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First Ave's street party provides a 'benediction' to Prince memorials

Tony Christian of Mazarati, right, performed 'DMSR' and 'Kiss' with guitarists Homer O'Dell and Jeremy Ylvisaker outside First Avenue on Saturday. / Aaron Lavinsky, Star Tribune

Tony Christian of Mazarati, right, performed 'DMSR' and 'Kiss' with guitarists Homer O'Dell and Jeremy Ylvisaker outside First Avenue on Saturday. / Aaron Lavinsky, Star Tribune

With a year’s worth of healing and planning involved -- plus some of the nicest April weather of recent memory helping out -- First Avenue nightclub’s second annual Prince memorial street party Saturday night in downtown Minneapolis went off with a lot more smiles and dancing than the tears and hugging seen on TV reports worldwide last year. The event was first put together on the fly the night of Prince’s passing with help from 89.3 the Current and city staffers.

This year, the Current put money from the Minnesota Arts & Cultural Fund toward the event, and First Ave landed permits to cordon off 7th Street outside the club. The free tickets were capped to about 2,500 fans, while a few hundred more danced outside the fences and even blocked traffic for a spell before police intervened.

The extra planning time also allowed former New Power Generation drummer Michael Bland to assemble an ace house band – with Rick Kinchen and Homer O’Dell of Mint Condition, Jonas Brothers band member Ryan Liestman and local guitar wiz Jeremy Ylvisaker (Alpha Consumer, Suburbs) – as well as a diverse batch of rotating singers, all from the Twin Cities music scene.

Thirty-some members of the Prairie Fire Lady Choir kicked off the party with the Prince medleys they had been performing around town since well before his passing. Two early highlights in the four-hour hour marathon came from two different elder statesmen, Curtiss A and Soul Asylum’s Dave Pirner, the former of whom opened Prince’s first show at First Avenue in 1981 (when the club was still named Sam’s). Curt rocked out with a song from that era, “When You Were Mine,” while Pirner went with a full-throated version of “The Cross,” the dramatic apex of 1987’s “Sign o’ the Times,” a tune Soul Asylum recorded as a B-side in 1988.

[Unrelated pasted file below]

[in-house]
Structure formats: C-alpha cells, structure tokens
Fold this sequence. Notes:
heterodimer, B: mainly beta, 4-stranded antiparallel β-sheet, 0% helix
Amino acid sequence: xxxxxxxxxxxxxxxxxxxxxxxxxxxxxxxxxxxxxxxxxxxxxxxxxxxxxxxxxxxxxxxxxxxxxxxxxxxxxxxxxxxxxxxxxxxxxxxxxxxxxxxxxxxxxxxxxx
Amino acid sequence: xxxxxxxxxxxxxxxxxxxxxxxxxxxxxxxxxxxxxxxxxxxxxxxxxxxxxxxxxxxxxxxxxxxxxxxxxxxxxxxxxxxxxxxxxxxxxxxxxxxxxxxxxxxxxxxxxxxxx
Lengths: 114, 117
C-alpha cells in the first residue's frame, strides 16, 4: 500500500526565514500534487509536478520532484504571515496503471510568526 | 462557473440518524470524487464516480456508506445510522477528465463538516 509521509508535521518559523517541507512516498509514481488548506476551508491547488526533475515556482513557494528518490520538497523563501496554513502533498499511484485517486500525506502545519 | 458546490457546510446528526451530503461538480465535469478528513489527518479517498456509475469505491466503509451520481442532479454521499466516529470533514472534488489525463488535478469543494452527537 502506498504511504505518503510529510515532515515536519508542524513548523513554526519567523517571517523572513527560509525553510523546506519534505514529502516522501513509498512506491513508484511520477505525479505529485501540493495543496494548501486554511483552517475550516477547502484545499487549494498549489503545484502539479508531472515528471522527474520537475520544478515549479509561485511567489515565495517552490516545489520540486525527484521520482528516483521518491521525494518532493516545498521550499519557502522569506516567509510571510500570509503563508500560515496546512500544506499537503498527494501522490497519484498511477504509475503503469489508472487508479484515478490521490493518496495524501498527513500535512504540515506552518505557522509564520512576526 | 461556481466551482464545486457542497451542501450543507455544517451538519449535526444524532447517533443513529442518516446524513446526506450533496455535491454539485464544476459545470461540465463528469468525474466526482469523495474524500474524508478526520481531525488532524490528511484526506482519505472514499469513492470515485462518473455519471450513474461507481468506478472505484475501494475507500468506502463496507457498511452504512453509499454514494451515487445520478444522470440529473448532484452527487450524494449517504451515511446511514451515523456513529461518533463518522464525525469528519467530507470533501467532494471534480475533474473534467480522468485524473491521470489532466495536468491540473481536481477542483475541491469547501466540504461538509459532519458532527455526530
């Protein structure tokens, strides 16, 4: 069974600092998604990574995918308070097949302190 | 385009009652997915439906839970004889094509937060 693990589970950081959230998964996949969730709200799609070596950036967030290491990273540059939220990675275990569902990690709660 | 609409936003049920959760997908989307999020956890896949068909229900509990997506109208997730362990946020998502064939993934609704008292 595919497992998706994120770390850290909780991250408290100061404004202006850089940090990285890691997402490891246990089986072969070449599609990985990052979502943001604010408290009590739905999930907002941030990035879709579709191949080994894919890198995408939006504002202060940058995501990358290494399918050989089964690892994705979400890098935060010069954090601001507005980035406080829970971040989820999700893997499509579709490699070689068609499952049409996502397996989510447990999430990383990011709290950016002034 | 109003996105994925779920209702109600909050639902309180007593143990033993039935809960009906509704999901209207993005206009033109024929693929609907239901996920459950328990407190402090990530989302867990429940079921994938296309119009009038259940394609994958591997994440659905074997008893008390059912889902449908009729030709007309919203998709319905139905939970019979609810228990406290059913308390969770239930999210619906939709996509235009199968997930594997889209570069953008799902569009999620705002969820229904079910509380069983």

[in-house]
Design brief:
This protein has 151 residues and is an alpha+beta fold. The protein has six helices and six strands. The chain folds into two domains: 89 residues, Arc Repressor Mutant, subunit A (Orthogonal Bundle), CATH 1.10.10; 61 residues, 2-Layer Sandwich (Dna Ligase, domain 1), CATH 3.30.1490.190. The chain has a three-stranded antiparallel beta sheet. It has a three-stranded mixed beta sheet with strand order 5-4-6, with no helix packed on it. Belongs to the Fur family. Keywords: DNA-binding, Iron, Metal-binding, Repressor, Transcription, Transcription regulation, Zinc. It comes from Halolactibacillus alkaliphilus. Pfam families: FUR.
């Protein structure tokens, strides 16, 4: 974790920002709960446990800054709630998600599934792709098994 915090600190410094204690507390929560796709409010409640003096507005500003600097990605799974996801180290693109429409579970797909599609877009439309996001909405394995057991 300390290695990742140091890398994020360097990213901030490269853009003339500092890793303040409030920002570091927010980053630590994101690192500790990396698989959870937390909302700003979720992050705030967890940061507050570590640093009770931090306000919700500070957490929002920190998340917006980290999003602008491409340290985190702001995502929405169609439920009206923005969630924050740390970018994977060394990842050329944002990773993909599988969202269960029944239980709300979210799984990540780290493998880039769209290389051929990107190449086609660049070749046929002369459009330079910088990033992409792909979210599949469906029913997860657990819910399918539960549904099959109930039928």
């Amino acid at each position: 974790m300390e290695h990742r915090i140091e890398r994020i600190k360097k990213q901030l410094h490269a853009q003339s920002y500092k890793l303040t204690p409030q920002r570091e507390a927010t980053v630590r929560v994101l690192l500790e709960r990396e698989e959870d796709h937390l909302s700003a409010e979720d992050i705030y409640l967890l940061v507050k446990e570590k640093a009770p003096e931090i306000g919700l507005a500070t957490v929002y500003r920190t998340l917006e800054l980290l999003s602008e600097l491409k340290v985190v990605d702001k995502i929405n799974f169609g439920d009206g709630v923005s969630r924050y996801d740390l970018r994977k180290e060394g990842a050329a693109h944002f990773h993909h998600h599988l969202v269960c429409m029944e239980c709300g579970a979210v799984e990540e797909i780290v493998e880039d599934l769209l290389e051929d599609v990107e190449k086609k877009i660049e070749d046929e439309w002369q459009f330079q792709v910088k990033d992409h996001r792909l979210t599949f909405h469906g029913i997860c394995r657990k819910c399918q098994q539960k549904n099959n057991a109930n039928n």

Some young bucks made equally strong impressions as the party tore on: Proper-T of the psychedelic hip-hop/R&B ensemble ZuluZuluu turned heads with his sensual, falsetto-soaring version of “The Beautiful Ones.” Then came St. Paul-reared Rhymesayers rapper Dem Atlas with a truly crazed-sounding, punkified version of “Let’s Go Crazy,” which peaked with Ylvisaker’s hair-raising rendition of the classic guitar solo (which the Revolution didn’t even attempt at Paisley Park a day earlier).

Dem Atlas going crazy. / Aaron Lavinsky

Dem Atlas going crazy. / Aaron Lavinsky

Ironically, one of the youngest participants in the show, Kerry Alexander of the indie-rock band Bad Bad Hats, helmed one of the night’s most old-school numbers, “I Feel for You.” Adam Levy of the Honeydogs went back even farther with “Soft and Wet.” Levy also ground out a playful “Darling Nikki,” which would be a great pick for his kids-music band Bunny Clogs to play except for, well, you know. Mark Mallman similarly brought a kid-like, gleeful energy to “Raspberry Beret” and “Delirious.” Conversely, St. Paul’s hip-hop hero Maria Isa turned fiery and intense as she banged out “Sign o’ the Times” complete with conga drums. Isa also reminded the audience of the multicultural pride that Prince brought to his hometown when she yelled to the late icon, “Thank you for making Puerto Ricans feel at home in Minneapolis.”

A couple of Prince’s mid-‘80s musical cronies, Tony Christian and OneGunn of Mazarati, brought some classic funk into the mix with a trio of gems: “DMSR,” “Kiss” and “She’s Always in My Hair.” The part of the show that hewed closest to a straight-ahead Prince tribute, however, were the two times Julius Collins of Greazy Meal came out to sing. Collins also teamed with Bland and some other NPG alum for the first of last year’s high-profile tribute concerts, at the Parkway Theater last June.